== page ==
Over the years, I had probably made a quick glance below I-75 to the Flint River a hundred times or more on my way up to more fabled waters a bit further north.  However, my mis-informed perception of this fishery shouldn’t have been made so hastily even considering the close proximity to the nearly 4 million people residing in the Flint and Metropolitan Detroit area just to the south of the river.

Ed Roden fly fishing the Flint River. Photo by Aaron Rubel

Ed Roden fly fishing the Flint River. Photo by Aaron Rubel

The Flint is a wide, smooth flowing river with a bottom substrate that ranges from sand to cobble to breathing pockets of underwater grass beds.  The depth in the stretch we fished varied from knee-deep to holes that were clearly over the head of the wading angler.  We floated a five-hour stretch of river that began at a small township park to a take-out at an established access lot.  Ed cruised the river in the Hobie Pro Angler 12 and I paddled a Jackson Kilroy.  Skittering a small foam cone-shaped topwater fly, it didn’t take Ed long after launching before he hooked up with a nice smallmouth.

Ed Roden of the Hobie Fishing Team with a Flint River smallmouth bass. Ed is wearing Maui Jim Banyans in bronze toned lens.

Ed Roden of the Hobie Fishing Team with a Flint River smallmouth bass.

On a float just north of a large metropolitan area, you’ll of course encounter an occasional business or two along the banks, but I was surprised at how the river cut through mostly secluded forest that made for a pleasant fishing trip.  Smallmouth bass are generally considered a species that have a low tolerance to pollutants in the water.  The clarity of the stretch we floated varied from gin clear to slightly stained which seemed typical of good smallmouth water I’ve fished elsewhere.

Aaron Rubel with a smallmouth caught on a yellow popper fly. I was wearing Maui Jim Sunglasses in Wassup frames with rose toned lens.

Aaron Rubel with a smallmouth caught on a yellow popper fly.  Photo by Ed Roden

We had a successful day, landing eight smallies between us in the 12-15″ range with Ed landing six of those caught.  The Flint River smallmouth fed from the middle of the afternoon all the way through dusk.  It was a great trip and I look forward to another float on this river someday in the near future.

Flint River Smallmouth on the fly.

Flint River Smallmouth on the fly.  Photo by Aaron Rubel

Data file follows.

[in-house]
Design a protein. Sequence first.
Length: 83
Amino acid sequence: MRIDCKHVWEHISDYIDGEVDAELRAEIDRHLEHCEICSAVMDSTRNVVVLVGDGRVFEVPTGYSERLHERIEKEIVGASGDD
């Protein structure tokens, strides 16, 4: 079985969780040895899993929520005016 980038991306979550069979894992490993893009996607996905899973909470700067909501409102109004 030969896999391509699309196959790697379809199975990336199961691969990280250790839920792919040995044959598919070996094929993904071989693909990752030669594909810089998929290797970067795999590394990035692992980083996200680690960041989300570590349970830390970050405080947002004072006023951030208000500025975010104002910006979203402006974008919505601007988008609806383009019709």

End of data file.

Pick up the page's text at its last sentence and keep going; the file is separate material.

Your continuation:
I love the textured like pattern on the smallmouth bass species. The Flint River smallies also had a beautiful hue of light blue on their lower jaw.  And so, amidst the sad news surrounding the Flint River community, I hope the history of a quality smallmouth bass fishery can serve as an example of why this watershed remains a valuable treasure to conserve and visit in Southeast Michigan.

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A beautiful Flint River bronzeback. Photo by Aaron Rubel

If you’d like to consider helping the residents who are suffering a devastating health concern from lead poisoned water, reportedly stemming from corroding pipes, donations can be made to United Way of Genesee County, Michigan at the following link: .  When on website, click the “GIVE” button, and then there’s an option to support the Flint Water Fund.   You may also call 810-232-8121 for details.  I have donated in the amount I normally reserve for  spending on myself from my current paycheck.  I challenge you to also give to the desperate needs of Flint, Michigan residents.


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Copyright 2016 by All rights reserved

Kayak Fishing Upper Peninsula Michigan Wilderness Brook Trout Lake

Naomikong Lake Fishing 11 300Since beginning my fly fishing journey eighteen years ago, I’ve read stories of little known wilderness brook trout lakes nestled away for the adventurous angler to explore.  During my most recent trip to the U.P. of Michigan, I did some research in attempt to seek one out.